Sustainable development is seriously impaired by the amount of many different chemicals which are emitted into our environment. Thus, chemical pollution has been considered one of the planetary boundaries, and closely linked to another one (freshwater, since the availability of safe freshwater resources is seriously threatened by chemical pollution), where action is needed [1,2,3,4]. In this context, we need efficient analytical methods, such as high-resolution mass spectrometry (HRMS)–based screening methods, capable of providing information on a broad range of chemical pollutants [5, 6]. Such screening methods can be used, for instance, as a first step in prioritizing the compounds that could later be determined at a quantitative level and in order to provide a broader picture of the chemical pollution space. In this context, liquid chromatography–HRMS (LC-HRMS) has become the most prominent technique in environmental screening analysis [7,8,9,10,11,12,13,14]. However, LC-HRMS has a limited applicability for several compounds which exhibit poor ionization efficiency by electrospray. Atmospheric pressure chemical ionization (APCI) and atmospheric pressure photoionization interfaces have been shown to be able to expand the capabilities of LC-(HR)MS to more hydrophobic compounds [15,16,17], but, so far, have found limited use in HRMS screening studies. Hence, gas chromatography–HRMS (GC-HRMS) is a good complement to LC-HRMS, having as further advantages the fact of being an ideal technique for volatile analytes, its higher separation power, and being less prone to matrix effects. An additional advantage of GC is that linear retention indexes (RI) are already available for several chemicals, further providing confirmatory confidence of compounds identity [18].

Although some researchers proposed a screening workflow in GC-HRMS systems equipped with an APCI source very similar to LC-HRMS, this is typically performed by deconvolution of chromatograms obtained by (both low resolution and HRMS) GC–MS instruments equipped with classical electron impact (EI) sources. Deconvoluted spectra can be compared to libraries with a high probability to obtain a good match as compared with non-deconvoluted spectra. The NIST MS library is by far the most frequently employed one in GC–MS screening studies [19,20,21,22,23]. However, it has the inconvenience of containing low-resolution mass spectra. Moreover, conversely to LC–MS, the availability of accurate-mass HRMS libraries for GC-EI-MS is very limited.

Deconvolution of GC-HRMS data processing has evolved significatively due to the introduction of new powerful, both commercial (e.g., Agilent MassHunter Unknowns Analysis) and open-source (e.g., MZmine2), software. Several papers have been published in order to improve the data mining workflow using open-source software such as MZmine2 [24,25,26]. However, poor information is available dealing with commercial software workflows, such as Agilent MassHunter Unknowns Analysis. For a specific chromatogram, the deconvolution algorithm (of this last software) can generate hundreds or even thousands of detected peaks. Therefore, it is important to appropriately select the deconvolution parameters in order to minimize the number of false positives and negatives. In the literature, there are a limited number of screening studies published that describe the use of the Unknowns Analysis software for data treatment, e.g., [20, 27, 28], and only one of them optimized a single parameter (the narrow extracted mass window (EMW)) [27] affecting the identification process of the deconvolution algorithm. EMW is not currently used in the most recent versions of this software, as the deconvolution algorithm was completely redesigned to work with HRMS data acquired in profile mode.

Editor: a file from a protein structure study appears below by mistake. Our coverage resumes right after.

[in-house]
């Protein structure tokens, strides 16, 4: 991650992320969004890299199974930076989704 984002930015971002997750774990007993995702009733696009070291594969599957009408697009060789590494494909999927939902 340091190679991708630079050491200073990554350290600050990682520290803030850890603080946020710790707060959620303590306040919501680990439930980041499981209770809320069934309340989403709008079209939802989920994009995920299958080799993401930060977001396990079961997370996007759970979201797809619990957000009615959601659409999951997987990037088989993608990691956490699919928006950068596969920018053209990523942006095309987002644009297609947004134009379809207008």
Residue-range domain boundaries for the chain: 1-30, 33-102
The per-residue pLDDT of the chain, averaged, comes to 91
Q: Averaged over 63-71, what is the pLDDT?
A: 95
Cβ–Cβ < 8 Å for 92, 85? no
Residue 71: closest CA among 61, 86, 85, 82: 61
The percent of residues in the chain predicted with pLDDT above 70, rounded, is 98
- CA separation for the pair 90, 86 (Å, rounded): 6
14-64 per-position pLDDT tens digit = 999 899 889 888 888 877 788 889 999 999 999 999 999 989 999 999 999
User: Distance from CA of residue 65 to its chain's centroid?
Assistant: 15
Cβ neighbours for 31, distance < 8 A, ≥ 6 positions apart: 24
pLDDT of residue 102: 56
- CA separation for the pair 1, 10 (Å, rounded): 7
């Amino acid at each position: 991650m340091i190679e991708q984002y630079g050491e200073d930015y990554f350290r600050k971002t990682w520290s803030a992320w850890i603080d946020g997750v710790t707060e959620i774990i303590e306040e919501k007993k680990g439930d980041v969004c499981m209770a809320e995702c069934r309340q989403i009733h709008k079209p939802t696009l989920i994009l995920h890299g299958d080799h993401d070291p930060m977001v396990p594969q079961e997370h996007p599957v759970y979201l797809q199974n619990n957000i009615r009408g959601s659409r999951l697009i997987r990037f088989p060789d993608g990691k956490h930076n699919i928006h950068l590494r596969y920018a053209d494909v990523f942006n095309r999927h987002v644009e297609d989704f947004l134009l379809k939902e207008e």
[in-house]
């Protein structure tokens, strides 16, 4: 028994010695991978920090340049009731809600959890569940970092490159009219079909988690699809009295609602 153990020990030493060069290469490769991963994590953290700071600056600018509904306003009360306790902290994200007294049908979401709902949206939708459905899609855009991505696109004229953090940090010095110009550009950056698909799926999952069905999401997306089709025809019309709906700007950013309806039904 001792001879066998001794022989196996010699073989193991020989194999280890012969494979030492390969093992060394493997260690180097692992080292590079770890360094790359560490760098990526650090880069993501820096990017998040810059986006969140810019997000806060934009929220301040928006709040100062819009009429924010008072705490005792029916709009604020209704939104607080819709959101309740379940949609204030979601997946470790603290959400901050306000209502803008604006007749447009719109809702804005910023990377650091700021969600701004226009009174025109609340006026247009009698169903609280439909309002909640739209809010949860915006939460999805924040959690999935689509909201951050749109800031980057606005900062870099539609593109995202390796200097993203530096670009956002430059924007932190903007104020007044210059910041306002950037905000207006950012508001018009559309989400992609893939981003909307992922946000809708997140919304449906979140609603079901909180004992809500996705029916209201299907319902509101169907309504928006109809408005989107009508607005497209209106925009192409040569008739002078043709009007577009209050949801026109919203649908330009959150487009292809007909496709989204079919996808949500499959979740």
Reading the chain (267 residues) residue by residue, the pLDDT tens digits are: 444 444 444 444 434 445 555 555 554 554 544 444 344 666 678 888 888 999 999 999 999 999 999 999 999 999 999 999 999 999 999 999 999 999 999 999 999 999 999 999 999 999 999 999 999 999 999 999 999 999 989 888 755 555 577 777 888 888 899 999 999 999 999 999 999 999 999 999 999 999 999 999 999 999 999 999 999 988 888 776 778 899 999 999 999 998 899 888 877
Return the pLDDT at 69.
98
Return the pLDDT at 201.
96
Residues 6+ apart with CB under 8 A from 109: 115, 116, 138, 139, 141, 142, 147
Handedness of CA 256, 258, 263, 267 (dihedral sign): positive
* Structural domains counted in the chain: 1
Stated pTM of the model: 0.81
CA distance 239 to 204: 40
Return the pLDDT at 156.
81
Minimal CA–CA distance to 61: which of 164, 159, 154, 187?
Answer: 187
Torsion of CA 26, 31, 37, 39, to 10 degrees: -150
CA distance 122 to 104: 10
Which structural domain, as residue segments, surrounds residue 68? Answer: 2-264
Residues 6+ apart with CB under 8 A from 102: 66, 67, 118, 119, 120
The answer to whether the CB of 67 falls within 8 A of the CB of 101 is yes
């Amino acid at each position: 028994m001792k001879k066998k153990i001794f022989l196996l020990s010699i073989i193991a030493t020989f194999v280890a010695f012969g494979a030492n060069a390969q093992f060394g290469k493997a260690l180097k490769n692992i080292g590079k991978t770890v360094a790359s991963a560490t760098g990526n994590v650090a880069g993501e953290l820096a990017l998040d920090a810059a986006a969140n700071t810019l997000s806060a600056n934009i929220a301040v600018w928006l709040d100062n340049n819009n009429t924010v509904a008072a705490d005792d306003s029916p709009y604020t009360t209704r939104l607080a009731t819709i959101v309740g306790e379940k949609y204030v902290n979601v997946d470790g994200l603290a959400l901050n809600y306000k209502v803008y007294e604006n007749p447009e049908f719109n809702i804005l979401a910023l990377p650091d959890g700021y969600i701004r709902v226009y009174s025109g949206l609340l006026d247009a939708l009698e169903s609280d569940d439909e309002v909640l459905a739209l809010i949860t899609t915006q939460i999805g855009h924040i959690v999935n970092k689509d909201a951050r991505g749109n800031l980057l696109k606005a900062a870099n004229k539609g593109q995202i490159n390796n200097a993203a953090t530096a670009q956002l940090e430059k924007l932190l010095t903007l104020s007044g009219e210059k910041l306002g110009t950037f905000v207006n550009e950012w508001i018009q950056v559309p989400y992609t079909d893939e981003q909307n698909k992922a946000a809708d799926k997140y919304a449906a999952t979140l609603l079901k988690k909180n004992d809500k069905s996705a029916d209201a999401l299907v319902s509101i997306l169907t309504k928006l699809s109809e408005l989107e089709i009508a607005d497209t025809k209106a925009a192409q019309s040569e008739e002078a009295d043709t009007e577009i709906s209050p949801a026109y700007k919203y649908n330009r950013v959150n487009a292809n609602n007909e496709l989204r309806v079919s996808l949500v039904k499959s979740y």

The main goals of this study were the optimization of a GC-HRMS deconvolution workflow algorithm (Agilent Unknowns Analysis) and its application to coastal mussel samples and coastal/marine- and freshwater-deployed passive samplers. To this end, first of all, an EI-HRMS library of 26 model compounds (Table S1) was created and employed in order to find out the best operating conditions in terms of false positive/false negative balance with spiked marine biota samples (mussel) extracts. Once the method was optimized, an accurate-mass HRMS library, totalling 356 different spectra, including derivatized and non-derivatized compounds, was generated and employed, together with an Agilent EI-HRMS (modified) library of pesticides to a set of environmental samples. Such samples included passive samplers and mussels, because of their ability to capture chemical pollutants along time. Passive samplers, including, among others, polar organic chemical integrative samplers (POCIS) and polymeric materials like low-density polyethylene (LDPE) and polydimethylsiloxane (PDMS) [13, 29,30,31,32], have been successfully used for water monitoring, including screening studies. Bivalve molluscs, such as mussels, are an important filter feeding organisms which have been used as bioindicators in environmental monitoring programs [33,34,35] due to their capacity to accumulate contaminants.